The UK is providing effective support for the Palestinian Authority in very challenging circumstances. The Palestinian Authority has developed institutions to the point where the international community has recognised it as technically ready for statehood, and it has made impressive progress in delivering improved outcomes in health and education.
Having just returned from a Select Committee visit to the Palestinian occupied territories and seen the excellent work being done there by the Department, may I ask whether the Minister agrees that its work to support the private sector would be much more effective if Israel lifted many of its restrictions, which can have nothing to do with its essential security, on the freedom of Palestinian business people to develop their economy in areas such as the banking sector, water supply, and even 3G telephone networks?
I am grateful to my hon. Friend for his appreciation of DFID’s work in the occupied Palestinian territories and glad that he and the Committee had such a useful visit. Israeli restrictions do tremendous damage to the economy and to the living standards of ordinary Palestinians. The simple truth is that they are not allowed to develop their banking or information and communications technology sectors, or to build even their basic infrastructure. Were these restrictions to be lifted, not only would DFID’s work to support the private sector be much more effective, but within a relatively short space of time the Palestinians would probably not need our aid at all.
Is the Minister aware that the World Bank has said that area C of the west bank, particularly the Jordan valley, is vital to the future economic viability of a Palestinian state? Presumably that is why the Department is looking to fund infrastructure projects there. What is his view of the fact that illegal Israeli planning restrictions are stopping those infrastructure projects being built, and for how long will the Government allow Israel to have a veto over economic development in the west bank?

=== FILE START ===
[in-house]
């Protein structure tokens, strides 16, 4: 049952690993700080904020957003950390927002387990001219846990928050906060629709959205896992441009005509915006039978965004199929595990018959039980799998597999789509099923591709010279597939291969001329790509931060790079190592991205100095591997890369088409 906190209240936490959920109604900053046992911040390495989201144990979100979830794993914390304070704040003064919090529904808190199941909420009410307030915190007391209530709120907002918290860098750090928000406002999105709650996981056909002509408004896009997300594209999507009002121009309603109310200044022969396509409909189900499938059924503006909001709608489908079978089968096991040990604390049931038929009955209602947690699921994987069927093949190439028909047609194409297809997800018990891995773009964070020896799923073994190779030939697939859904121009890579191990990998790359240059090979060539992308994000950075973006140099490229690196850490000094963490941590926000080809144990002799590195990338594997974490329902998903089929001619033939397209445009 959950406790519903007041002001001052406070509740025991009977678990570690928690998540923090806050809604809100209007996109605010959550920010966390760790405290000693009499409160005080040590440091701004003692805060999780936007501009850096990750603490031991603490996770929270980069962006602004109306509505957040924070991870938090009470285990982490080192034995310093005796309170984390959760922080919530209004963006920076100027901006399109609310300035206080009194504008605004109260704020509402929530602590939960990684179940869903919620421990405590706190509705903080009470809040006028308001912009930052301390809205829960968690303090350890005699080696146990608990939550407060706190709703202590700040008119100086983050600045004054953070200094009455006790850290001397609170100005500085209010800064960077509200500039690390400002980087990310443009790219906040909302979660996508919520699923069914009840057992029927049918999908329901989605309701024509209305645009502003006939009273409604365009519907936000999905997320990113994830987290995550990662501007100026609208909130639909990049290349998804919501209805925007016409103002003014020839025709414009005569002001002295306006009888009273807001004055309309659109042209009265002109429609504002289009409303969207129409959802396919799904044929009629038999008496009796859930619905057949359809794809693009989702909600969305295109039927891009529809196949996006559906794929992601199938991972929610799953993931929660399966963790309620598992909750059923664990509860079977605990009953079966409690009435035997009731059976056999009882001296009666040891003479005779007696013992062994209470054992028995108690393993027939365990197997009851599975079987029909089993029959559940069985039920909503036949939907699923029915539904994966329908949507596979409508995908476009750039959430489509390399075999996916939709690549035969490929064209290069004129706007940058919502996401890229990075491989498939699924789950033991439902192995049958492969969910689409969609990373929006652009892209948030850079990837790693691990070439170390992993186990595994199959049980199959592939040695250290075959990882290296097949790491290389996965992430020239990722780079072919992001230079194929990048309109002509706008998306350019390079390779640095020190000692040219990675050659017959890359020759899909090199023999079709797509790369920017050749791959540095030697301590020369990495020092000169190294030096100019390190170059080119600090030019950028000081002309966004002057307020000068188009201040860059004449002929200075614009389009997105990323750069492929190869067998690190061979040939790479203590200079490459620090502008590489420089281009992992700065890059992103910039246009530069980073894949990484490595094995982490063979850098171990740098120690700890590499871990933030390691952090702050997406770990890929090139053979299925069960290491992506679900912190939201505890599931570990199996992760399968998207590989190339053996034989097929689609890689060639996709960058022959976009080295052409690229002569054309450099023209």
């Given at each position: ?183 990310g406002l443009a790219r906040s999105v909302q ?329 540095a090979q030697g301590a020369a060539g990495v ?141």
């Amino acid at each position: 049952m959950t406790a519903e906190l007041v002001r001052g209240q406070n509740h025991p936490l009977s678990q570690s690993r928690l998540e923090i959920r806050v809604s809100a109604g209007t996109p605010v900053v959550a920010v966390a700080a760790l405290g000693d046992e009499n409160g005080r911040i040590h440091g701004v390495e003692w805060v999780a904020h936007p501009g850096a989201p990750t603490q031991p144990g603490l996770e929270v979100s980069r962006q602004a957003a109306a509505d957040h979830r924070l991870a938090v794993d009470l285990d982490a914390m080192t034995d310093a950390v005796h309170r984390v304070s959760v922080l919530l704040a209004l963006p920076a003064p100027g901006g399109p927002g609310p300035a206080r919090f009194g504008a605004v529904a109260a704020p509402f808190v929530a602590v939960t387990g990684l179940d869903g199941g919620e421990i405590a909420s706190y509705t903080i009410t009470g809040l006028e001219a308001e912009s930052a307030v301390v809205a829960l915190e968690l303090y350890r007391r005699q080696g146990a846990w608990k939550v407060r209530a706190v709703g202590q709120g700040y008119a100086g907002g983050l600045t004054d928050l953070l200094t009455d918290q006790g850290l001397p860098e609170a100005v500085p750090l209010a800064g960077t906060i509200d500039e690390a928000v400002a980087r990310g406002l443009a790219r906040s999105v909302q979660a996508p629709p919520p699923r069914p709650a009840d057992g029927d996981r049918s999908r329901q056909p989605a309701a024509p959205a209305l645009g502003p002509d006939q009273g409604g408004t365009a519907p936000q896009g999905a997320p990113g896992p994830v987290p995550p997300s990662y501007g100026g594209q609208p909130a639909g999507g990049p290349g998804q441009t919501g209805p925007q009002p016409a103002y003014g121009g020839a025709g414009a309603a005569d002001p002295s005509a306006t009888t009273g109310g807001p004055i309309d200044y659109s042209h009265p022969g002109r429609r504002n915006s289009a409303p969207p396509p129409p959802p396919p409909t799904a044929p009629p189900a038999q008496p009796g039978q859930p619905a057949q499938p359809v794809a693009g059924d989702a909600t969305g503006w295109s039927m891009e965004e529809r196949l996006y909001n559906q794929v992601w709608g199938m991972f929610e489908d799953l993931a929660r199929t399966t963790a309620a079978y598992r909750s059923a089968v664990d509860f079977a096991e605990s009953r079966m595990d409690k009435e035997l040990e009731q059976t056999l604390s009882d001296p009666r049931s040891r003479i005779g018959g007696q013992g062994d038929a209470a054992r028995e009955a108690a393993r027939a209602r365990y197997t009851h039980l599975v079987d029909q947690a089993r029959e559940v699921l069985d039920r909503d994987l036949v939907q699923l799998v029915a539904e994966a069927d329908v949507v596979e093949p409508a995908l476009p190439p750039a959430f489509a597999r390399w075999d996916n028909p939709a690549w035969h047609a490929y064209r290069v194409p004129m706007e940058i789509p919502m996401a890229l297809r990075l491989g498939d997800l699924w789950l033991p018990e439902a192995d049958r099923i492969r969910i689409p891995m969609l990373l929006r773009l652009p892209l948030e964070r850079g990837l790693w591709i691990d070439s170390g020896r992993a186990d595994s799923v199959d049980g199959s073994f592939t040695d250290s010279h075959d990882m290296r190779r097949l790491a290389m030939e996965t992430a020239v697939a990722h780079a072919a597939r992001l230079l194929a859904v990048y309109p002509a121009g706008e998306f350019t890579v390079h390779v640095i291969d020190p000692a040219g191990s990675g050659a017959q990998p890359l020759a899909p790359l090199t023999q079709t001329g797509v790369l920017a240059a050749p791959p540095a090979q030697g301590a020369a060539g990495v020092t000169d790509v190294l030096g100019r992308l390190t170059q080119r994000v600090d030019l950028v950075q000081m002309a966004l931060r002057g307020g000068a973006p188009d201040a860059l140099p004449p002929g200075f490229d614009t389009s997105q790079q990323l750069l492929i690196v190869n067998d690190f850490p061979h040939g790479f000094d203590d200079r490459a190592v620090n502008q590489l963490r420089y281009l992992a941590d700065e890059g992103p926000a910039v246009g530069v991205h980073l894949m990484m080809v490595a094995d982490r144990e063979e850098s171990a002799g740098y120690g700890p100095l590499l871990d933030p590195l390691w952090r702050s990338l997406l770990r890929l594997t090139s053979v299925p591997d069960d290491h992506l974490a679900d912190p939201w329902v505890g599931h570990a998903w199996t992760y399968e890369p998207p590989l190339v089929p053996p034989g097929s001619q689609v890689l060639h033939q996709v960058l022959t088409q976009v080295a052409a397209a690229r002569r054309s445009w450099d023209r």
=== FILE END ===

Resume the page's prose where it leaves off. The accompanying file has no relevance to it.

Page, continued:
I fully understand what the hon. Gentleman says. I think the Select Committee saw a direct example of the destruction of olive groves when it was there. It is essential that area C is able, through planning arrangements, to develop its economy; otherwise there can be no sensible or useful economic future in the Palestinian territories.
May I confirm what the Minister says—that without access to area C there is no future for a two-state solution or for an economically viable Palestine? The Palestinian Authority pleaded with us to put all possible pressure on Israel to allow access. We met someone from a company who is saying that the cost of land in areas A and B is prohibitive and that without access to area C he cannot develop his business.
What recent representations have the Government made to the Israeli authorities about the continued forcible removal of populations, and property demolition, in the occupied territories? Yesterday the Foreign Secretary met the Israeli Minister for International Relations: was this issue raised with him?
I was also at that meeting, and I can assure the hon. Gentleman that we raise such matters regularly. It is essential that some kind of normal activity can be permitted in the occupied Palestinian territories; otherwise, as my right hon. Friend the Member for Gordon (Sir Malcolm Bruce) said, there will not be a two-state solution and there is a danger of permanent conflict and tension.